Last updated Monday 7.22am
A state of emergency has been declared in Tripoli by Libya’s UN-backed government as fighting among rival factions intensives around the capital.
Fierce clashes erupted last week between the Seventh Brigade, or Kaniyat, from Tarhouna, a town 65 km (40 miles) southeast of Tripoli, against the Tripoli Revolutionaries' Brigades (TRB) and the Nawasi, two of the capital's largest armed groups.
39 people died and 96 were injured in the past few days.
The government in a statement urged rival militias to stop the fighting and abide by a UN-brokered ceasefire.
The country is currently governed by rival authorities in Tripoli and the east, each backed by an array of militias that wield real power on the ground.
The United States, France, Italy and Britain on Saturday condemned the escalation of violence in and around Tripoli, warning that armed groups which undermined Libyan stability would be made accountable.
"These attempts to weaken the legitimate Libyan authorities and hinder the ongoing political process are not acceptable," Washington, Paris, Rome and London said in a joint statement published by the French foreign ministry.
"We are calling on the armed groups to immediately stop all military action and warn those who seek to undermine stability, in Tripoli or elsewhere in Libya, that they will be made accountable for it," the statement said.
Libyan authorities closed Tripoli airport on Friday after some rockets were fired in its direction, a spokesman for the state airline Libyan Airlines said.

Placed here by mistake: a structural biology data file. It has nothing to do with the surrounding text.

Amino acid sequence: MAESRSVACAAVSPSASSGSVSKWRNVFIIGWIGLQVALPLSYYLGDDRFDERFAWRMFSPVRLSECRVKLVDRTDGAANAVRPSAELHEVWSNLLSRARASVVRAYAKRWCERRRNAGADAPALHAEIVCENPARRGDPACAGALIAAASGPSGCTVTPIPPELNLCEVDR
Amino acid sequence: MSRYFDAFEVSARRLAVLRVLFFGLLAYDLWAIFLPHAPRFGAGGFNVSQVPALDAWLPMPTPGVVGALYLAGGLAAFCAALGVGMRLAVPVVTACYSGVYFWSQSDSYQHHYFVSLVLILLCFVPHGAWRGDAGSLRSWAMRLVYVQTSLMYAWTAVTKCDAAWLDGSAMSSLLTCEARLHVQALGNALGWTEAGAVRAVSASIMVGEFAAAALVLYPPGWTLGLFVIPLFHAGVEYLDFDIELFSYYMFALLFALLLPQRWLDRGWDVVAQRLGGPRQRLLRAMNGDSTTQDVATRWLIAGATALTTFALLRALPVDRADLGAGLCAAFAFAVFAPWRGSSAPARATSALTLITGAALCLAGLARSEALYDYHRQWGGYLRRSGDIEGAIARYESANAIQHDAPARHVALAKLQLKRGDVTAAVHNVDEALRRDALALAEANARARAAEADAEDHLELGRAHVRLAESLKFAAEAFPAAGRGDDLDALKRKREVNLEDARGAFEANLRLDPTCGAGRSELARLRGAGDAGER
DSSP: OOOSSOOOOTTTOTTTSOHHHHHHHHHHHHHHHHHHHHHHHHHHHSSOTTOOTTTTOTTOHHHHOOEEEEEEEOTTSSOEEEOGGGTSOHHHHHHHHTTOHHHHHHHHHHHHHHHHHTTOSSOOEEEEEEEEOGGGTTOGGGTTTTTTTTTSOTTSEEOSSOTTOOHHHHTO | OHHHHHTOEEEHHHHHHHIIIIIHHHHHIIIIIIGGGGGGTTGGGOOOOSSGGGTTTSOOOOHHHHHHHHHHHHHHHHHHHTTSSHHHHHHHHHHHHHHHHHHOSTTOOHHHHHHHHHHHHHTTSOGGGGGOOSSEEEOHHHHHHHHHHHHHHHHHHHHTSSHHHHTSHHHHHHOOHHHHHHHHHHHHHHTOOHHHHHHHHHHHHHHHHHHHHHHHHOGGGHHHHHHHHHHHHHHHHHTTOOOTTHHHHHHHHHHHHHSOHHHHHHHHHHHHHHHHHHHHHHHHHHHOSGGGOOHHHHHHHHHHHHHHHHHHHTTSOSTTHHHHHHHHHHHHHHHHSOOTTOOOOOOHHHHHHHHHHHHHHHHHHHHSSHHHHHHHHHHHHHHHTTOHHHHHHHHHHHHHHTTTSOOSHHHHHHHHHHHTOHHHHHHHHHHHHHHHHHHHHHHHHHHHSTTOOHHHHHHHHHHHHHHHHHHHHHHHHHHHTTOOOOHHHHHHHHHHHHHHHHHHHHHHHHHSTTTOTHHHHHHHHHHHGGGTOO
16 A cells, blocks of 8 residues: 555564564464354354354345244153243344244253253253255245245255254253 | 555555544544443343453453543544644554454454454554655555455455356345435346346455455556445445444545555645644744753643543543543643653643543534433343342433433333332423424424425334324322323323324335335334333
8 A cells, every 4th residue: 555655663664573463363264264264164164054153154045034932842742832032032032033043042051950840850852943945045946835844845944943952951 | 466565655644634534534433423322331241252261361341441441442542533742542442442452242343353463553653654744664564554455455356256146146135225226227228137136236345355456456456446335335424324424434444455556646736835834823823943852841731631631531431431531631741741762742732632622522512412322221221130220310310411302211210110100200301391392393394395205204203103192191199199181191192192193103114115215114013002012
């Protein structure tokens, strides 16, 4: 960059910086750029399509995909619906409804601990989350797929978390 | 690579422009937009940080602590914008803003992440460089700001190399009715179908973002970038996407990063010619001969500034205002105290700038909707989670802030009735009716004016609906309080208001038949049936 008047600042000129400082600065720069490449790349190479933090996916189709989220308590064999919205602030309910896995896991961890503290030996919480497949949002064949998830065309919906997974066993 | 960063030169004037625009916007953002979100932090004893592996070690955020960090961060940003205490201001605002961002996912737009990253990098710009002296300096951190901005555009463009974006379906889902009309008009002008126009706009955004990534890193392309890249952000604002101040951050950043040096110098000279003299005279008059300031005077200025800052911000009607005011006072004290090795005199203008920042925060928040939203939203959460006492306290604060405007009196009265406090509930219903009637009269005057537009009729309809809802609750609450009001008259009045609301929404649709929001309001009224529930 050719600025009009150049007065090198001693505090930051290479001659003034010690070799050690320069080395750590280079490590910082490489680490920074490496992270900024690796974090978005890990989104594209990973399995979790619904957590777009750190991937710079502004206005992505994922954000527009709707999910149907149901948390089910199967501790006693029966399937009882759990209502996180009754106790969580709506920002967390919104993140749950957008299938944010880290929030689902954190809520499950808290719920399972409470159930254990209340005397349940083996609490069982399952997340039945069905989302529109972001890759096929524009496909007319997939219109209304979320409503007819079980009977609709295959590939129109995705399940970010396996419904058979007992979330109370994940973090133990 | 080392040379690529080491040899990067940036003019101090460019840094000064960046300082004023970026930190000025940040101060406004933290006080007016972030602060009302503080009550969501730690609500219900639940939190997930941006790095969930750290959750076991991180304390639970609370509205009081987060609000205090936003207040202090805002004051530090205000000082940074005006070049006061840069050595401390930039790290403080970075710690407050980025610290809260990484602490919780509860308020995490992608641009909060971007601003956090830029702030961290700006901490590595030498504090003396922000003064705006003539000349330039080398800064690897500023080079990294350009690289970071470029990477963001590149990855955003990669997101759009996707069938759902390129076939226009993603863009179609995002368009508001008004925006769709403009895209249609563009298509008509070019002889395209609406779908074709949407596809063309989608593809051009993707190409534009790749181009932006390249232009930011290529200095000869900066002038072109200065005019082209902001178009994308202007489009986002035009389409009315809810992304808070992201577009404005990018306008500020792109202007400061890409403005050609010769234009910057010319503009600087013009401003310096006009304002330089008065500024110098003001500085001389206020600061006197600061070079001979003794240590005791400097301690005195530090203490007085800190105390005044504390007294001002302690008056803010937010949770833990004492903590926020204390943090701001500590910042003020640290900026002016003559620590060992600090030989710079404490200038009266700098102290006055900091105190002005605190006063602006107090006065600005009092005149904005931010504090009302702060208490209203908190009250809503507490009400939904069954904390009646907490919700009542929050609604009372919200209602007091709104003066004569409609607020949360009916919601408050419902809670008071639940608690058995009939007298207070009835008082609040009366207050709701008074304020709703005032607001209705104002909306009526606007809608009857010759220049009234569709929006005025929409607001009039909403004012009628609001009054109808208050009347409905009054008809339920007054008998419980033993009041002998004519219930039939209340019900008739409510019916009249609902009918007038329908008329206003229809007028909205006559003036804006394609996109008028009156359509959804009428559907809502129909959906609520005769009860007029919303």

400 prisoners escape amid Tripoli chaos
Some 400 prisoners escaped from a jail in Libya's capital on Sunday while fighting between rival armed groups raged nearby.
The inmates forced open the doors of the Ain Zara prison and guards were unable to stop them.
The prison is located in southern Tripoli, an area hit for one week by heavy fighting between rival groups.
Separately, a missile fell on Sunday on the al-Fallah camp for displaced Tawergha people, killing two and wounding seven, including two children, said Emad Ergeha, an activist following Tawergha issues.
The Tawergha were forced to leave their settlement near the western city of Misrata in the NATO-backed uprising that toppled Muammar Gaddafi in 2011 and have been prevented from going back since.
Ergeha, who is a Tawergha, also posted online a video of firefighters extinguishing a blaze and showing severe damage to steel-made containers in the camp.
A rocket also hit the Waddan hotel in central Tripoli near the Italian Embassy on Saturday. Three people were injured, staff said.
State oil firm NOC confirmed one of its diesel depots used to supply a power station had been hit by a rocket on Saturday.
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